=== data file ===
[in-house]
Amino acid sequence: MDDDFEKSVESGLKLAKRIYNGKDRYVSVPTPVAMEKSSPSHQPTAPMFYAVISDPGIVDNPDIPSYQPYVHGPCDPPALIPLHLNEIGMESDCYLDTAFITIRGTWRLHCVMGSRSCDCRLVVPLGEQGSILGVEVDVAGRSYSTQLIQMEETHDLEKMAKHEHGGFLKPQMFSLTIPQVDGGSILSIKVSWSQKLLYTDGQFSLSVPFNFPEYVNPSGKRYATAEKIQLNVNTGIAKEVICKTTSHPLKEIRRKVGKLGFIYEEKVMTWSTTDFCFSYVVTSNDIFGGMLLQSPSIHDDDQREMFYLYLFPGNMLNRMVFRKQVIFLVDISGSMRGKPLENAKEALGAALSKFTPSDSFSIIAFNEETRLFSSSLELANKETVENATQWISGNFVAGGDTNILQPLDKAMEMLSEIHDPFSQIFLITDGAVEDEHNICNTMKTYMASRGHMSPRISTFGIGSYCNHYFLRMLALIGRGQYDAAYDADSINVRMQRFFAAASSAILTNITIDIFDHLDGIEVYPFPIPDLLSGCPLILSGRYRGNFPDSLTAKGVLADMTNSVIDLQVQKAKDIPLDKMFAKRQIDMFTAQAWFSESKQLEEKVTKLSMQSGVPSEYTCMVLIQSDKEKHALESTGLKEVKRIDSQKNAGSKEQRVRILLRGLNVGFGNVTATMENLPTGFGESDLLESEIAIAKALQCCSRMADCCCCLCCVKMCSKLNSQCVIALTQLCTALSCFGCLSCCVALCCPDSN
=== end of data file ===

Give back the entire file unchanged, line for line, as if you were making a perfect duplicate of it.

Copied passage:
[in-house]
Amino acid sequence: MDDDFEKSVESGLKLAKRIYNGKDRYVSVPTPVAMEKSSPSHQPTAPMFYAVISDPGIVDNPDIPSYQPYVHGPCDPPALIPLHLNEIGMESDCYLDTAFITIRGTWRLHCVMGSRSCDCRLVVPLGEQGSILGVEVDVAGRSYSTQLIQMEETHDLEKMAKHEHGGFLKPQMFSLTIPQVDGGSILSIKVSWSQKLLYTDGQFSLSVPFNFPEYVNPSGKRYATAEKIQLNVNTGIAKEVICKTTSHPLKEIRRKVGKLGFIYEEKVMTWSTTDFCFSYVVTSNDIFGGMLLQSPSIHDDDQREMFYLYLFPGNMLNRMVFRKQVIFLVDISGSMRGKPLENAKEALGAALSKFTPSDSFSIIAFNEETRLFSSSLELANKETVENATQWISGNFVAGGDTNILQPLDKAMEMLSEIHDPFSQIFLITDGAVEDEHNICNTMKTYMASRGHMSPRISTFGIGSYCNHYFLRMLALIGRGQYDAAYDADSINVRMQRFFAAASSAILTNITIDIFDHLDGIEVYPFPIPDLLSGCPLILSGRYRGNFPDSLTAKGVLADMTNSVIDLQVQKAKDIPLDKMFAKRQIDMFTAQAWFSESKQLEEKVTKLSMQSGVPSEYTCMVLIQSDKEKHALESTGLKEVKRIDSQKNAGSKEQRVRILLRGLNVGFGNVTATMENLPTGFGESDLLESEIAIAKALQCCSRMADCCCCLCCVKMCSKLNSQCVIALTQLCTALSCFGCLSCCVALCCPDSN